Haines will see at least one cruise ship in 2021

 

April 29, 2021



When the American Constellation docks in Haines on June 12, it will mark the first cruise ship in town in more than 20 months.

American Cruise Lines has confirmed 12 stops in Haines this summer, according to tourism director Steven Auch.

“They’re the first (cruise line) to commit, and as of right now, I’m thinking they will be the only one. I haven’t heard any indications from the others that they’re coming,” Auch said in an interview Monday.

American Cruise Lines is one of four small, American-based cruise lines planning to operate in Alaska this summer. UnCruise Adventures, Lindblad Expeditions and Alaskan Dream Cruises, the other three companies, aren’t currently scheduled to visit Haines. Auch said he’s still waiting to receive an official plan from American Cruise Lines regarding its COVID-19 mitigation policy and operating plan. American Cruise Lines didn’t respond to a request for comment by press time. According to the company’s website, at minimum, COVID-19 protocol will include mandatory testing for all unvaccinated guests within four days of the start of a cruise.


The American Constellation visits are welcome news for tour operators who have traditionally partnered with American Cruise Lines. The ship normally has a 175-passenger capacity, although it will likely operate at reduced capacity.

“We’ll have some dedicated traffic, which is an infinite increase over last year,” Rainbow Glacier Adventures owner Joe Ordonez said. “One of the nice things about having a cruise ship schedule for your business, you have a known number of people and time and date. It’s easier to manage around those schedules.”


Ordonez said American Cruise Lines’ announcement is what made him decide to open his doors this year.

“It just made it to where I felt comfortable as a business person taking the risk with putting out money for starting up. Without that, I wouldn’t have felt comfortable,” he said.

Despite the improved prospect this year, Ordonez said he anticipates a roughly 90% reduction in business volume compared to 2019, the last pre-pandemic summer.

Like Ordonez, Alaska Nature Tours owner Dan Egolf said the prospect of visits from the American Constellation prompted him to begin the permitting process for his business.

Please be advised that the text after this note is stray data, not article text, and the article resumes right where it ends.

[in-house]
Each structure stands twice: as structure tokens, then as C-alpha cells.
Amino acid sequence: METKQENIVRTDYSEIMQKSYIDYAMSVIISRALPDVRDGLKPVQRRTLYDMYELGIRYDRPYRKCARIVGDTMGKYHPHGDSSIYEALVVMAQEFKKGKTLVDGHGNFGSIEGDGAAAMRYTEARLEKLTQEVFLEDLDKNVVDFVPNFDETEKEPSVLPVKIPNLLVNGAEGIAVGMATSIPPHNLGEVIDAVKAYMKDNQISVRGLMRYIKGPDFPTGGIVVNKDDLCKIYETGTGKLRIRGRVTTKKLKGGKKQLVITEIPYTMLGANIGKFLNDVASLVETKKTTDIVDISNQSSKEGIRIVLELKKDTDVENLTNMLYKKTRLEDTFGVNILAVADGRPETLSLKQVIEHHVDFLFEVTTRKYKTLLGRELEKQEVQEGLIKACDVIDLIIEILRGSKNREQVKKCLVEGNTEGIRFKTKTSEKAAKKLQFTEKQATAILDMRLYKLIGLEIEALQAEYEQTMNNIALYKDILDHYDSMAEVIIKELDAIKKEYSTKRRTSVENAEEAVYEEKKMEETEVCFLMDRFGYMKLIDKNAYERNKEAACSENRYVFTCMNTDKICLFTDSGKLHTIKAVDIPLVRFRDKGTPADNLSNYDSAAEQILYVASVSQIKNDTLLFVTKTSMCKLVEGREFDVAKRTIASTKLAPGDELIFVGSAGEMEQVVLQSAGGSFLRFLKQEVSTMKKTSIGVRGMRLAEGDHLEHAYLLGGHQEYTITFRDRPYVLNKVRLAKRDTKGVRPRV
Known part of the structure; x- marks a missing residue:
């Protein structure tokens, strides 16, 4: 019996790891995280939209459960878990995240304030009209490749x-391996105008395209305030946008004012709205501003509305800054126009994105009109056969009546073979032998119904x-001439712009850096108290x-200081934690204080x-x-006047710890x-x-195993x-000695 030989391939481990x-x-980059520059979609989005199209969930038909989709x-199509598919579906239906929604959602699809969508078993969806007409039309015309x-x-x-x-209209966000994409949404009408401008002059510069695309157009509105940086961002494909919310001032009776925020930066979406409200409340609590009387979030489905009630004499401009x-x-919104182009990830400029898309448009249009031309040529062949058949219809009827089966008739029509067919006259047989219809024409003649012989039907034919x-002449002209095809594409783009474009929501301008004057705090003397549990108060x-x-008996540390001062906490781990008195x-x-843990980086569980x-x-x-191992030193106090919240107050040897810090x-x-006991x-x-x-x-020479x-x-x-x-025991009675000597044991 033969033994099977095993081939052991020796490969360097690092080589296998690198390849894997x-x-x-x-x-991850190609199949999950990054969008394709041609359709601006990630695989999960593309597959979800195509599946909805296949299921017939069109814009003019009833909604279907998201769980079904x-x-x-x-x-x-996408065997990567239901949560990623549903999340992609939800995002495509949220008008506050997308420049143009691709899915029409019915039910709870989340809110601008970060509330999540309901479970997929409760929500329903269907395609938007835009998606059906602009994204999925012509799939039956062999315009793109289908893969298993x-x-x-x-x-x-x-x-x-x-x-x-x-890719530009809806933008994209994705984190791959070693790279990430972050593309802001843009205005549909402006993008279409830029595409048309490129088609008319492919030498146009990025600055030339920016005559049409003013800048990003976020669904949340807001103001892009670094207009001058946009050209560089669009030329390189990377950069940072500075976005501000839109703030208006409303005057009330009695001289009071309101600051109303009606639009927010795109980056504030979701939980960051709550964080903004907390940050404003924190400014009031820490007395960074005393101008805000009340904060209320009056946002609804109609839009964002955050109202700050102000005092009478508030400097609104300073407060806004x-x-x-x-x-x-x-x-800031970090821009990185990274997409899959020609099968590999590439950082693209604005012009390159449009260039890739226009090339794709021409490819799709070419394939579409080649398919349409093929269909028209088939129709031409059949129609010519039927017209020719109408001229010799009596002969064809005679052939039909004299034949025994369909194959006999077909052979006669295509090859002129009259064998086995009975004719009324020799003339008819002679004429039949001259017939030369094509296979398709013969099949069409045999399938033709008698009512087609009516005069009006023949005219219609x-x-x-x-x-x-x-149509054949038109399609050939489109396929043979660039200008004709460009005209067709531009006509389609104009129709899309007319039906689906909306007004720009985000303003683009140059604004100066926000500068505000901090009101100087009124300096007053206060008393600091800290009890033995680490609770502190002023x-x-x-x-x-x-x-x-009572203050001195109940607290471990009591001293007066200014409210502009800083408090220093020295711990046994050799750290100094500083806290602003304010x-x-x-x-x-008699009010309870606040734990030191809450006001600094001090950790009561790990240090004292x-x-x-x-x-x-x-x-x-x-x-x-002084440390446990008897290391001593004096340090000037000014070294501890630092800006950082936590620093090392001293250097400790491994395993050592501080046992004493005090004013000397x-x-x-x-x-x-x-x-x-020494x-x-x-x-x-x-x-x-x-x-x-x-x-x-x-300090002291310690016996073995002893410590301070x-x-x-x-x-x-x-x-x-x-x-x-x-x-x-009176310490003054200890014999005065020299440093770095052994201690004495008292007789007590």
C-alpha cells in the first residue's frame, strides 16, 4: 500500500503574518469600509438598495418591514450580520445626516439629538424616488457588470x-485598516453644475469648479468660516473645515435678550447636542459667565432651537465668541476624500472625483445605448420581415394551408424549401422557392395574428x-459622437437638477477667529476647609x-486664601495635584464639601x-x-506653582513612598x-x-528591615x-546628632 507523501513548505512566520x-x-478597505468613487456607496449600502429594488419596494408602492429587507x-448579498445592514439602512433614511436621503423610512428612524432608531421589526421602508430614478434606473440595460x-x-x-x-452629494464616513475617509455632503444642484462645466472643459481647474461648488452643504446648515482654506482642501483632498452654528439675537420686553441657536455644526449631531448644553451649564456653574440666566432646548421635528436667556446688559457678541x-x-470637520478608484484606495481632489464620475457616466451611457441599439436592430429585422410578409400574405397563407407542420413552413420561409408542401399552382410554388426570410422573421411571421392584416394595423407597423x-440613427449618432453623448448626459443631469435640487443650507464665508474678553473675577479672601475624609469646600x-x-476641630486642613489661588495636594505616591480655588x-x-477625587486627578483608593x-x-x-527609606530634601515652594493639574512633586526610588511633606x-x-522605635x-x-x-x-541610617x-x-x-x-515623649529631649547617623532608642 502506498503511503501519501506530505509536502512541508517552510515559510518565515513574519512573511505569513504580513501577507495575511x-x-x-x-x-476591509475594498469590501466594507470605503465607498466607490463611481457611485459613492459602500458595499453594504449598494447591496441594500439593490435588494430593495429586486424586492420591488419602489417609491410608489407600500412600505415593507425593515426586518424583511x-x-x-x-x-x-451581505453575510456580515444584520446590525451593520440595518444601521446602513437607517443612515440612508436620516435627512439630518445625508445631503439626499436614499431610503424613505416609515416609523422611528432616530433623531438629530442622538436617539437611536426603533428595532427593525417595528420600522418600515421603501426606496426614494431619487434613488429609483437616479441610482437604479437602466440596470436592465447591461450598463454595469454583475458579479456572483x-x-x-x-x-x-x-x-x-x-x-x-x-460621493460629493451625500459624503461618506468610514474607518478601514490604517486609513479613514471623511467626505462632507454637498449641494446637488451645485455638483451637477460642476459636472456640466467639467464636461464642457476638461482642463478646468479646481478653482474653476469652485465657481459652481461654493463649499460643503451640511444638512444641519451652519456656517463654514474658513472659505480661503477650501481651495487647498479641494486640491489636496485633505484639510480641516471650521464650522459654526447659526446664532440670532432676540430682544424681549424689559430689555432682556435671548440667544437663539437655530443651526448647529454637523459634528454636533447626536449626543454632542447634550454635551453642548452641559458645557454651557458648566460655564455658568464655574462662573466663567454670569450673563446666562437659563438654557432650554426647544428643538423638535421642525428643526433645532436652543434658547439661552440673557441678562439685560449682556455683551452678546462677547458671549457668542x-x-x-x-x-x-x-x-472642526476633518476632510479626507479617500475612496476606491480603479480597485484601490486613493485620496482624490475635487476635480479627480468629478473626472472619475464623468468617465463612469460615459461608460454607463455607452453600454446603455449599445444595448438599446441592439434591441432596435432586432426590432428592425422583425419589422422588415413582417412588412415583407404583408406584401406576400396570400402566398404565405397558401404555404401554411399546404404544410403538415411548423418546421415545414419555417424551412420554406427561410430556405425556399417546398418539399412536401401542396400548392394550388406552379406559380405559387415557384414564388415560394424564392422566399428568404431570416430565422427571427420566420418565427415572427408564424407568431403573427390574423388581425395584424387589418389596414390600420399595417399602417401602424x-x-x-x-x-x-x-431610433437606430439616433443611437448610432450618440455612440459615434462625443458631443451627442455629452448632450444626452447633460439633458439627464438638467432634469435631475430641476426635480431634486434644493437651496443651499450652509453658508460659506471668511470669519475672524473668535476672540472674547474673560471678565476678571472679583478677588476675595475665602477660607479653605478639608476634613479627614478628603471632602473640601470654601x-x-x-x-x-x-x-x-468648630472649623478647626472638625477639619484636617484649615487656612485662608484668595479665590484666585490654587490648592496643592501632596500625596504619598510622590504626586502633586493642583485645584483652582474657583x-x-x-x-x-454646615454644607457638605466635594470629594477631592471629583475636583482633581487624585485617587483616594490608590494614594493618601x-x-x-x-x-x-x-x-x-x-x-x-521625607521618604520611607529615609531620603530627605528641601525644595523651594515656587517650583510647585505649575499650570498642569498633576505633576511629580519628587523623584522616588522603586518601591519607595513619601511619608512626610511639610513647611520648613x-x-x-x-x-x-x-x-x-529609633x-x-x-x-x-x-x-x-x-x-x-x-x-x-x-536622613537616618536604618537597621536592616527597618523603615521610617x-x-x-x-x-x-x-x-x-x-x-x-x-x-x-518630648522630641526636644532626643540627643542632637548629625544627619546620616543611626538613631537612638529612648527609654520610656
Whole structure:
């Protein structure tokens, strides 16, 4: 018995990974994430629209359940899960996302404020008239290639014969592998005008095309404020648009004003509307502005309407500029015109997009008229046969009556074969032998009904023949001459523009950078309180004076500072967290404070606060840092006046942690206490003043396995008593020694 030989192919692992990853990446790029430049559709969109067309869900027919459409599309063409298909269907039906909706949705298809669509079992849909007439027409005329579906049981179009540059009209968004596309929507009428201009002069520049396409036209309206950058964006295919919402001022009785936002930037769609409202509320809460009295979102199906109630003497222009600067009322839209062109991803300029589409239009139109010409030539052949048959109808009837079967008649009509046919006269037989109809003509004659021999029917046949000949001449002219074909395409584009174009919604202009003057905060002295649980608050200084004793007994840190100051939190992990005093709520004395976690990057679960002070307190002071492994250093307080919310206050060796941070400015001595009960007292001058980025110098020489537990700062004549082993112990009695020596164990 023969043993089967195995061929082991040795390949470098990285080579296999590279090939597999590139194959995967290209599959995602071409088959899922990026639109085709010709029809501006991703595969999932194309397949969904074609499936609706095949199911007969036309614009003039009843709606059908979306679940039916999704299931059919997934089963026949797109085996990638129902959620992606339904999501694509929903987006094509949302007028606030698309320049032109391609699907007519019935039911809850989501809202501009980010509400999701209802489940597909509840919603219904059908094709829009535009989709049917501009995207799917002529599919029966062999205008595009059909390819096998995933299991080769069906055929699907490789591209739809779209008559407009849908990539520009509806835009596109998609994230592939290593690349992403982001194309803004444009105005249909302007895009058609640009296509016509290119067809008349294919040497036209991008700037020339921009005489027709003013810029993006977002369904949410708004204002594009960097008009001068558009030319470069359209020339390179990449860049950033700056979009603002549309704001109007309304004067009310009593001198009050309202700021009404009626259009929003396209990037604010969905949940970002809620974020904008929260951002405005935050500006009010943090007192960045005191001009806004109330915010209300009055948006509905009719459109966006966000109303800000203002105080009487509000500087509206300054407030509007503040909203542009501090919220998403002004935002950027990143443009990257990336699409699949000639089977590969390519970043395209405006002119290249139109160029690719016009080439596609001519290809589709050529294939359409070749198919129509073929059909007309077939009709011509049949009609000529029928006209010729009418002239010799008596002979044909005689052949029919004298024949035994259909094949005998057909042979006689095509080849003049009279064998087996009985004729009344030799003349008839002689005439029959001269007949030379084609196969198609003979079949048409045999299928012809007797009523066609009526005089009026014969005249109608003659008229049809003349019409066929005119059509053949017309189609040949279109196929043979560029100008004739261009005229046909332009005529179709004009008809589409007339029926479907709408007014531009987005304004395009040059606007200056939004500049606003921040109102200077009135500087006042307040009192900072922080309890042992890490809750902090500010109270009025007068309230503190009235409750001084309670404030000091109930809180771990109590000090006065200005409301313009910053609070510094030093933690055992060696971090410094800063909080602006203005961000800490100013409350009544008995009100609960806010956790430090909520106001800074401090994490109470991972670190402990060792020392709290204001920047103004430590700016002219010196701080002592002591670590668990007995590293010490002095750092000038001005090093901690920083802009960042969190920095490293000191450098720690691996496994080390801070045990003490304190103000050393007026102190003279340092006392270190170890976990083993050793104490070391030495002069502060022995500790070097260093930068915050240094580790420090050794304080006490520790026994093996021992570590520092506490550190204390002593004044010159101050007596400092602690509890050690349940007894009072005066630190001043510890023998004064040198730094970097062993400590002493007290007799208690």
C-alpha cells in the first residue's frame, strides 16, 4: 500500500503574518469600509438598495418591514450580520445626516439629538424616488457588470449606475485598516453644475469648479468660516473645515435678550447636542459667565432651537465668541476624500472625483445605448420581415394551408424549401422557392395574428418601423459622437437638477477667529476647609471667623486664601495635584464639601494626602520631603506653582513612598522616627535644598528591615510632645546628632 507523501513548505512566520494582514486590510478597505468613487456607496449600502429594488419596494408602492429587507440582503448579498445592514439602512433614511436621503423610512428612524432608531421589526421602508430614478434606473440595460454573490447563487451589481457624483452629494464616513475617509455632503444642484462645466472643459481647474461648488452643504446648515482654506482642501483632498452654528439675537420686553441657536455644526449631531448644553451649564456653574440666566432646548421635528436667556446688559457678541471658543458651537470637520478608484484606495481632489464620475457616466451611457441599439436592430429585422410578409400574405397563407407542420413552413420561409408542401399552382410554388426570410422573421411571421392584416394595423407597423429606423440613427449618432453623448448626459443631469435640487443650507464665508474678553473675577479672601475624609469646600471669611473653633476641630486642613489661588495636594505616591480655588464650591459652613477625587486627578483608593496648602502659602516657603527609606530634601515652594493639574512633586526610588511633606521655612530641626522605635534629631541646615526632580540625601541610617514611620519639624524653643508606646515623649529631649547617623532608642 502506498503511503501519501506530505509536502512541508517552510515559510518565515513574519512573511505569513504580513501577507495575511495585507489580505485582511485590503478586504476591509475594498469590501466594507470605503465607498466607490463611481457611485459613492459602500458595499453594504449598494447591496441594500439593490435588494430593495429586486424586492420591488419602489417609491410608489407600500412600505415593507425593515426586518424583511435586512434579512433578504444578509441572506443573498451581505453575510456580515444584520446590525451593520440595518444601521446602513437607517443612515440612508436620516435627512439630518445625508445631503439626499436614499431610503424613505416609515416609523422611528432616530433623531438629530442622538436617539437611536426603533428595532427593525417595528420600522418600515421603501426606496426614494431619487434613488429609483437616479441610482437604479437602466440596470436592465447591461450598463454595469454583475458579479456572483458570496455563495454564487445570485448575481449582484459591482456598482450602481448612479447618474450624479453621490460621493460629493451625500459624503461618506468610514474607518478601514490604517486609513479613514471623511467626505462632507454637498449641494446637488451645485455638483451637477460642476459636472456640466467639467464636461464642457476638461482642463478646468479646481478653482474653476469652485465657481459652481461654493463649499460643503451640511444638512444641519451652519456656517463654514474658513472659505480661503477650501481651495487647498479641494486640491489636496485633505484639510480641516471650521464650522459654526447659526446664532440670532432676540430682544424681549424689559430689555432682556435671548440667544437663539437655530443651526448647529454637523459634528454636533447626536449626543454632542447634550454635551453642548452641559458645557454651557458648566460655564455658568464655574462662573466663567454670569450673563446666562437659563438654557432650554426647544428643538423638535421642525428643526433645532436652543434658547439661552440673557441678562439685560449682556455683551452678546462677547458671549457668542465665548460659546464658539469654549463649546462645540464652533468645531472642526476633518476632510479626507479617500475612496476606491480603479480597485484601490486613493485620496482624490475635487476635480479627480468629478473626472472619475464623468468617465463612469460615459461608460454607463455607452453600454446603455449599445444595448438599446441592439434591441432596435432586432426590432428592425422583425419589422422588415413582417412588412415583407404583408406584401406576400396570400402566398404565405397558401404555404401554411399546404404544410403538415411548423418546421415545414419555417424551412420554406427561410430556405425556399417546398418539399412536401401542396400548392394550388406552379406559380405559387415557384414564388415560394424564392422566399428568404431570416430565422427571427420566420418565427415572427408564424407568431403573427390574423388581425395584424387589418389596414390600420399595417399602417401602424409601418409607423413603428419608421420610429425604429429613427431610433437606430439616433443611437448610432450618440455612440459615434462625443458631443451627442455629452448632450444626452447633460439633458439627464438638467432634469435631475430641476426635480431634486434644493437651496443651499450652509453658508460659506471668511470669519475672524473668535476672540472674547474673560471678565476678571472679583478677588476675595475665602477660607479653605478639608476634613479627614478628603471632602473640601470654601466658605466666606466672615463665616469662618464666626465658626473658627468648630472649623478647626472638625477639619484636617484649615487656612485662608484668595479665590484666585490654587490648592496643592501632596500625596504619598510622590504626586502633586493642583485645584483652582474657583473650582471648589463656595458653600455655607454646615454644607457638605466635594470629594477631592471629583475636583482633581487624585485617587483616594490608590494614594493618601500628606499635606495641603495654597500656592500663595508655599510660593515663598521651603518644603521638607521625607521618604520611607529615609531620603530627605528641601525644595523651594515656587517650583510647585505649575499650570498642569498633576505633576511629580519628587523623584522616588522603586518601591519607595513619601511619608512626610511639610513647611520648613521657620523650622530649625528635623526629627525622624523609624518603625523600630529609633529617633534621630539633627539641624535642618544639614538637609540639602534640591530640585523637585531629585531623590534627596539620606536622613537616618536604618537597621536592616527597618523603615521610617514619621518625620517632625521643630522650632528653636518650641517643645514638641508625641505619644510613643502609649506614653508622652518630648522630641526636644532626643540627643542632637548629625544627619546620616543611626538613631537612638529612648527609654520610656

“Having a steady twelve dockings is a critical part of why we’re opening,” he said.

Both operators said they hope to pad the guaranteed business from the cruise line with bookings from independent travelers.

As of last week, five tour operators had applied for borough permits, according to Auch. In interviews in late March, both Alaska Mountain Guides owner Sean Gaffney and Haines Rafting Company owner Andy Hedden said they were planning for scaled-down seasons, capitalizing on independent travelers.


Other tour operators are still trying to finalize summer plans.

“At this point in time, we don’t know if we’re going to operate or not this season. We’re waiting to see,” Takshanuk Mountain Trail owner Barbara Mulford said at last week’s Tourism Advisory Board meeting.

In other tourism news, the U.S.-Canada border closure has been extended into late May. The border is likely to remain closed through the summer, according to tourism industry experts. The extension impacts both cross-border vehicle traffic and the potential for large cruise ships to enter Southeast Alaska.

To offset the loss of large cruise ships, Gov. Mike Dunleavy has proposed using $150 million from the American Rescue Plan to promote tourism and support the industry through another lean summer. Lt. Gov. Kevin Meyer is currently on a two-week tour of the state, meeting with communities impacted by the loss of tourism. He is scheduled to meet with Haines tourism industry representatives on Thursday.

 
 

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